Safe Haven for Pets

Women often delay leaving an abusive partner if they can’t secure safe havens for their pets, but thanks to partnership between the MSU College of Veterinary Medicine and Care Lodge Domestic Violence Shelter (CLDVS) in Meridian, MS, there is an option for these furry family members and hope for these women.

Two women pose with two dogsMSU CVM Clinical Professor Dr. Sharon Grace and CLDVS Director Leslie Payne work together to coordinate the Safe Haven for Pets program, which provides short-term boarding and medical care for the benefit of such women and their pets.

The program’s beginning actually stemmed from an experience Dr. Grace had while in private practice in the mid-1990s when a compassionate neighbor brought an abused kitten to her for care. Dr. Grace was haunted by the tragic circumstances of this situation, and, as a result of advice that to be able to move forward, she needed to “rewrite” the end of the kitten’s story, she began offering free medical care and housing to animals in crisis.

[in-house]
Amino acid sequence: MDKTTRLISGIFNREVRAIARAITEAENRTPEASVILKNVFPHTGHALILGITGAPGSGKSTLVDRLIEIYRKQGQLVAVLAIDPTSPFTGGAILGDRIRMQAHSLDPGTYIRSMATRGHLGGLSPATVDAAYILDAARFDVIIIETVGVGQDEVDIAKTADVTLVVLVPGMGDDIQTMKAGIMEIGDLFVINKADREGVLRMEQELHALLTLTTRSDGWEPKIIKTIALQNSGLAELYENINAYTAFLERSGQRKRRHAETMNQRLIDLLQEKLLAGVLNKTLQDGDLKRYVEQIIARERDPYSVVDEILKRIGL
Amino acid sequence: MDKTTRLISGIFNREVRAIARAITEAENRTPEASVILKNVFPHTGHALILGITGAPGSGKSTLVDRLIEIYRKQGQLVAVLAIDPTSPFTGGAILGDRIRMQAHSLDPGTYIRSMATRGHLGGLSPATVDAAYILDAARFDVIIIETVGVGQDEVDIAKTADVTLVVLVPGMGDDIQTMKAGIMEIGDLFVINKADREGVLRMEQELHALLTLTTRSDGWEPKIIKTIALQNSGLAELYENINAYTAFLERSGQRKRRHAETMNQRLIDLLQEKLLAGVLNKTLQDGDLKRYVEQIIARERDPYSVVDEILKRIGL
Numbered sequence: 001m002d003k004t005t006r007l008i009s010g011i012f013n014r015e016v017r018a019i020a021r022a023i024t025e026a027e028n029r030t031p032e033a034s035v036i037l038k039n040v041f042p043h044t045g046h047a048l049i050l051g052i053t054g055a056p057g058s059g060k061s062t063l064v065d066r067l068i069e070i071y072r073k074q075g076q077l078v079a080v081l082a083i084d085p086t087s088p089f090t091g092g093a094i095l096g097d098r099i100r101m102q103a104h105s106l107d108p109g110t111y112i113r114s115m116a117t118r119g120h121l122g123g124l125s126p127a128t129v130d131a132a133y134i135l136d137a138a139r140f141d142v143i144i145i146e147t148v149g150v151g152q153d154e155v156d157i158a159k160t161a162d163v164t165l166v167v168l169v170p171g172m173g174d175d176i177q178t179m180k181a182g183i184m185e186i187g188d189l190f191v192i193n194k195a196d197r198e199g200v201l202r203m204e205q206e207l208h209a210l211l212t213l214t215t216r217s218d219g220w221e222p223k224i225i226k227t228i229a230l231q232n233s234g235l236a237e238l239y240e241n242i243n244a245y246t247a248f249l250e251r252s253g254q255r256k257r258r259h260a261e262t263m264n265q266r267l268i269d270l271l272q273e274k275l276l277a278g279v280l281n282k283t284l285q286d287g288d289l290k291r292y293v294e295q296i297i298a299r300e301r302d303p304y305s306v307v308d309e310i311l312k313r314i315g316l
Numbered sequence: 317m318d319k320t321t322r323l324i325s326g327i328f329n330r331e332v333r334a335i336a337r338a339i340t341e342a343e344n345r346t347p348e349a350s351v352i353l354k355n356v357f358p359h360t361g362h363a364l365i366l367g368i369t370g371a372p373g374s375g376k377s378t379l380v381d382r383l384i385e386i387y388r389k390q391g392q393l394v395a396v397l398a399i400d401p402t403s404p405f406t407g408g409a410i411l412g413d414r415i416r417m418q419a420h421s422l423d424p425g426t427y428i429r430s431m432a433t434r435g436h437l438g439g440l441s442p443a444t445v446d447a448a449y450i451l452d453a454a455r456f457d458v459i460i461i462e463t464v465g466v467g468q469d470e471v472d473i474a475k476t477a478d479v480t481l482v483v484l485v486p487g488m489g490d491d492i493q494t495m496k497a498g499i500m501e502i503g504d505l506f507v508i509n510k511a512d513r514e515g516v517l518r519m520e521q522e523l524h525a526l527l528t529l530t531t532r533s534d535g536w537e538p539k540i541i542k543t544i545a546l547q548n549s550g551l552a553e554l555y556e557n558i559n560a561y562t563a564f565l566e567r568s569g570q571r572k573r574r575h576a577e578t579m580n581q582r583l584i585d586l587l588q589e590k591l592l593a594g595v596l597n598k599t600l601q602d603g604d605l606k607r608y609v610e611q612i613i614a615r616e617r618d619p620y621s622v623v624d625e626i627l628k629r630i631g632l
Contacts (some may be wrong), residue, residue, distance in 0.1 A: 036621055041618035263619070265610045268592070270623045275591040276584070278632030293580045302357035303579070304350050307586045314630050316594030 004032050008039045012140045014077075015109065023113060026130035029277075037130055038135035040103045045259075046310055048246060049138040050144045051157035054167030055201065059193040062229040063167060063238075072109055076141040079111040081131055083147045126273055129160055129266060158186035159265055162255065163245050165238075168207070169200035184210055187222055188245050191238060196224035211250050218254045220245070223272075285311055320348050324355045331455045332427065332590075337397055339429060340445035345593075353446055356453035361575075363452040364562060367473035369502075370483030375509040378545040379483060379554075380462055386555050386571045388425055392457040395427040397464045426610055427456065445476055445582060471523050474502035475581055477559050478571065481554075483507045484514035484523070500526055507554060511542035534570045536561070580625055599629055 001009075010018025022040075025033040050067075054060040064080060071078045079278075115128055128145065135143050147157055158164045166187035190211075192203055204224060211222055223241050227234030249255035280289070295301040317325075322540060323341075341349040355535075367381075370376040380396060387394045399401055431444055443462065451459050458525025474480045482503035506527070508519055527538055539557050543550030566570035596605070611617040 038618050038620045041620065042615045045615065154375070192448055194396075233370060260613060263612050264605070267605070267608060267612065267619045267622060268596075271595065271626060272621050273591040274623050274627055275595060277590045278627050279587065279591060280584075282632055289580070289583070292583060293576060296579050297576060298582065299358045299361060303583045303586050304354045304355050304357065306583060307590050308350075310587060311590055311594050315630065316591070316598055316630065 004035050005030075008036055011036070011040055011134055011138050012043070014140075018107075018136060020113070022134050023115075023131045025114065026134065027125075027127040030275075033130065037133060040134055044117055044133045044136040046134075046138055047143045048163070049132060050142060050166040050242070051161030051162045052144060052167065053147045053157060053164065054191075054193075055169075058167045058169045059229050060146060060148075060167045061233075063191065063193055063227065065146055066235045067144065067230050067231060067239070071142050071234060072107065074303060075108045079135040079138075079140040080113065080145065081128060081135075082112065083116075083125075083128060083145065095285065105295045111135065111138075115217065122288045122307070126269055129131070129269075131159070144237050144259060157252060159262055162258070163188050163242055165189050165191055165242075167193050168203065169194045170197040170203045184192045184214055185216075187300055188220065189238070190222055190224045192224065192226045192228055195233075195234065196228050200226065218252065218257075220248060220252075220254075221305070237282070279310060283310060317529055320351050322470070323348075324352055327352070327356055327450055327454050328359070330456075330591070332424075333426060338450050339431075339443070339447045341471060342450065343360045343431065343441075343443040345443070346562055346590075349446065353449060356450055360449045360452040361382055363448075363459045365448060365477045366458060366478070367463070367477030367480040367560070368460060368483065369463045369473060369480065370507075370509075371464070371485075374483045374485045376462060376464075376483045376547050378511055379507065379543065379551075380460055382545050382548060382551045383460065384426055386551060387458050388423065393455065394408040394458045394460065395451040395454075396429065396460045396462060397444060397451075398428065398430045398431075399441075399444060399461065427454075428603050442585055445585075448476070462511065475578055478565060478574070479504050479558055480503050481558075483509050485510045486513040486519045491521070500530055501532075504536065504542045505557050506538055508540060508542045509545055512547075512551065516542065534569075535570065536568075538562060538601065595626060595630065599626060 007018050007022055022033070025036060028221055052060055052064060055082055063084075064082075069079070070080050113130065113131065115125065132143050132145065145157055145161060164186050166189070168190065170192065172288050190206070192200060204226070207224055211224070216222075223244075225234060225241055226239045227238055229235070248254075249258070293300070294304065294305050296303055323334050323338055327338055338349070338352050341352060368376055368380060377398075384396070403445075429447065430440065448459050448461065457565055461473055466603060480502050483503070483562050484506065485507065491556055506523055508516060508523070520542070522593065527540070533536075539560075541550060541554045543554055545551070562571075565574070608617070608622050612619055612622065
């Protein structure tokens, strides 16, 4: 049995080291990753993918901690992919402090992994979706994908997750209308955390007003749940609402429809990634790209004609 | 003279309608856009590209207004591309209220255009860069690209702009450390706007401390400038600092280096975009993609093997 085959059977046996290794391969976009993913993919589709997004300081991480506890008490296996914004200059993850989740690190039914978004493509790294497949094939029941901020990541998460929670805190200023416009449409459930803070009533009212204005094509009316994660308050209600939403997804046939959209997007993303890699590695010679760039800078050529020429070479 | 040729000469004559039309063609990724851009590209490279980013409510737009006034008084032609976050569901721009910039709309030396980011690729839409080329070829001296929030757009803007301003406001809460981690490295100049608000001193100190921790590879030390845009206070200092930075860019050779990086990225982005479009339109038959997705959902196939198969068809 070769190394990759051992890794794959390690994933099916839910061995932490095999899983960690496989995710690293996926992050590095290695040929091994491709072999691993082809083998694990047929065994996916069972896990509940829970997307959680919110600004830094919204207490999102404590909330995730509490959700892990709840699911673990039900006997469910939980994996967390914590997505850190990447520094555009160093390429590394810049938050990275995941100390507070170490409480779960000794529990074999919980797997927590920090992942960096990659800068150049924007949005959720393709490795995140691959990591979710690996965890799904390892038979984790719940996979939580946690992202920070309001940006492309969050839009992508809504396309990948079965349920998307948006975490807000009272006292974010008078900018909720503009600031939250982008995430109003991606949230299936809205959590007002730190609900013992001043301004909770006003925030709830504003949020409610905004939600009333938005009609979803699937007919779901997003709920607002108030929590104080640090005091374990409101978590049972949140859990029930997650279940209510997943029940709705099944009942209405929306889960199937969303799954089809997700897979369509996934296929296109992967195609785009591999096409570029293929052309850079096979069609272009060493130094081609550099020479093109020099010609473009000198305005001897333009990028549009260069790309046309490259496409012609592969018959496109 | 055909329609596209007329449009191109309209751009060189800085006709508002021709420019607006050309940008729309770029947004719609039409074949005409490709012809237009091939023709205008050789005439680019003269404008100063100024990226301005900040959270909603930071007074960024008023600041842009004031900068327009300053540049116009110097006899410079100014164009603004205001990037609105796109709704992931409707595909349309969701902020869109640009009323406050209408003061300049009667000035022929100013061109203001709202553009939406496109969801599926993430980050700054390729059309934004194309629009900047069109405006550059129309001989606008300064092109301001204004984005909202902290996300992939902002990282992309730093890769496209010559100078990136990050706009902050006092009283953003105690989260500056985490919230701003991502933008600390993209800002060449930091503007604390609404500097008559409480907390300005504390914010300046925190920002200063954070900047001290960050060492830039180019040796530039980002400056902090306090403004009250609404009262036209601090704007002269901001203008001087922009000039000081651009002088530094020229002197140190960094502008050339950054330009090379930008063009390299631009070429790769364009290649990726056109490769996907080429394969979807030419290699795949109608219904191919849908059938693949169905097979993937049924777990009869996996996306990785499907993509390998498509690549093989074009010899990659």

After joining the CVM Department of Clinical Sciences in 1999, Dr. Grace just happened to meet Payne at a domestic violence conference, where she shared her ideas for a program benefitting the women and their pets. The two ultimately merged their passions for their causes, and in 2008, the MSU CVM-based Safe Haven for Pets program was launched.  The Program provides free, temporary boarding and care for pets of women and children entering the Care Lodge.

Grant funds helped start the program, but it now operates solely from donations. The funds provide vaccines, flea and tick control, spay or neuter surgeries, heartworm and parasite testing and treatment, and any other medically necessary treatment for the animals. It also provides transportation to and from MSU, and pet food is routinely donated by commercial pet food companies.

Pets in the program stay from days to months, until their owners are able to return for them. Third-year veterinary students deliver hands-on care under the supervision of MSU CVM Associate Clinical Professor Dr. Christine Bryan, who provides the day-to-day medical care for the animals on a volunteer basis.

The Program is an eye-opening experience for many MSU CVM students and often proves beneficial to them in years to come when dealing with clients who are in crisis situations or if they decide to pursue this type of service work. It is also beneficial to these animals, who are often shy and untrusting of most  humans when they arrive. The Program is also considered a “godsend” by most Care Lodge clients.

To donate to the Safe Haven for Pets Fund, contact Jimmy Kight at (662) 325-5893 or